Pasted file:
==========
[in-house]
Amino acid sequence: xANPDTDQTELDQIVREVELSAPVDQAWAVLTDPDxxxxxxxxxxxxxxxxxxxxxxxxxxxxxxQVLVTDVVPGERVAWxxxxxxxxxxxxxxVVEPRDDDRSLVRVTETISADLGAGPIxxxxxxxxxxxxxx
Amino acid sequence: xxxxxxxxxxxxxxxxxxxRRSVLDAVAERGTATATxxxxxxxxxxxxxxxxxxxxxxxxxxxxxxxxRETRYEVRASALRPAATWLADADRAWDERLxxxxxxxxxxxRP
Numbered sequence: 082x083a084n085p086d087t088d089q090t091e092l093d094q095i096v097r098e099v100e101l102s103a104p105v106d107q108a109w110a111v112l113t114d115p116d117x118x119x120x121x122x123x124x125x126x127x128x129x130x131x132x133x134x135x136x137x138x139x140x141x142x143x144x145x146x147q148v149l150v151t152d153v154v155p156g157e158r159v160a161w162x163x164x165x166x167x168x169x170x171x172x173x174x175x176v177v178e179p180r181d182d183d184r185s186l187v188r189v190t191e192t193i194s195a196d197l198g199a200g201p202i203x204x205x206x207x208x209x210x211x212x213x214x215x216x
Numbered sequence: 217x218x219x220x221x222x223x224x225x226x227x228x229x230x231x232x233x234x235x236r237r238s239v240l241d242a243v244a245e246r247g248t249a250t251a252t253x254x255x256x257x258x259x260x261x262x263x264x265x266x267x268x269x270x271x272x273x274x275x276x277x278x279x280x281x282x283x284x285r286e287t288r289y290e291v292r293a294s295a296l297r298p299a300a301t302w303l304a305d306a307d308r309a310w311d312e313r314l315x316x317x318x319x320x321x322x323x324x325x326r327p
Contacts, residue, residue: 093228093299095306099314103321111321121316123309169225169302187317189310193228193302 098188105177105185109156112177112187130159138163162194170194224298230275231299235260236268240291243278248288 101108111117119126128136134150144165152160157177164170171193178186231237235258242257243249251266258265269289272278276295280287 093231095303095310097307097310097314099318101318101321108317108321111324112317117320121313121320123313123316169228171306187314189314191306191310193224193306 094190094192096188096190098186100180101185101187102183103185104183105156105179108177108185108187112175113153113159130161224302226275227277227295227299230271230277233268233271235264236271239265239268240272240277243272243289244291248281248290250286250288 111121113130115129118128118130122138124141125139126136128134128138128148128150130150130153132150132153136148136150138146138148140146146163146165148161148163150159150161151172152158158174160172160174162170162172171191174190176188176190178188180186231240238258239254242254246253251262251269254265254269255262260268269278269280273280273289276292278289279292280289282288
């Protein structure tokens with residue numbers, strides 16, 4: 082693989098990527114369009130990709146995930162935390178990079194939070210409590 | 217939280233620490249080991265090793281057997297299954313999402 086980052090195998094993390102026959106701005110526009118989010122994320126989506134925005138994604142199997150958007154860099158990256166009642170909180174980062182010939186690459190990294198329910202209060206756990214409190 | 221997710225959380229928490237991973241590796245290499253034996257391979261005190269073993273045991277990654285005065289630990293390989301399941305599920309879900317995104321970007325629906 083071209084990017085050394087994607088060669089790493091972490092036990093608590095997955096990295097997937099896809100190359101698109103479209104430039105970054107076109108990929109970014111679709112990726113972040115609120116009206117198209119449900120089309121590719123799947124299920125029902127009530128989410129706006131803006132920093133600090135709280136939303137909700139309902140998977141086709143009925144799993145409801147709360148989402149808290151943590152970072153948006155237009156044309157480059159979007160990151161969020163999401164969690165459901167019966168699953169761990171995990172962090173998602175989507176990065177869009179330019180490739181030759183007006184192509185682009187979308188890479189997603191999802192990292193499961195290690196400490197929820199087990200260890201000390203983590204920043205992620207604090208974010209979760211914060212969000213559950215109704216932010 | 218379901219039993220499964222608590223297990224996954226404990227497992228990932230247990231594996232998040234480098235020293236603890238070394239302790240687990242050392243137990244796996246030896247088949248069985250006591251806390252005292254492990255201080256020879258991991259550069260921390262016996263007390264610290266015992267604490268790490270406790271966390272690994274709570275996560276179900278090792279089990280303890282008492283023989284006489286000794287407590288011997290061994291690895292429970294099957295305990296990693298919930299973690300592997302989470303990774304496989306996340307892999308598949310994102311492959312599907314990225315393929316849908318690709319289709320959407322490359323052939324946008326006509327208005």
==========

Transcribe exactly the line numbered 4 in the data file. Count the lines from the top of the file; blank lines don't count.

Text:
Numbered sequence: 082x083a084n085p086d087t088d089q090t091e092l093d094q095i096v097r098e099v100e101l102s103a104p105v106d107q108a109w110a111v112l113t114d115p116d117x118x119x120x121x122x123x124x125x126x127x128x129x130x131x132x133x134x135x136x137x138x139x140x141x142x143x144x145x146x147q148v149l150v151t152d153v154v155p156g157e158r159v160a161w162x163x164x165x166x167x168x169x170x171x172x173x174x175x176v177v178e179p180r181d182d183d184r185s186l187v188r189v190t191e192t193i194s195a196d197l198g199a200g201p202i203x204x205x206x207x208x209x210x211x212x213x214x215x216x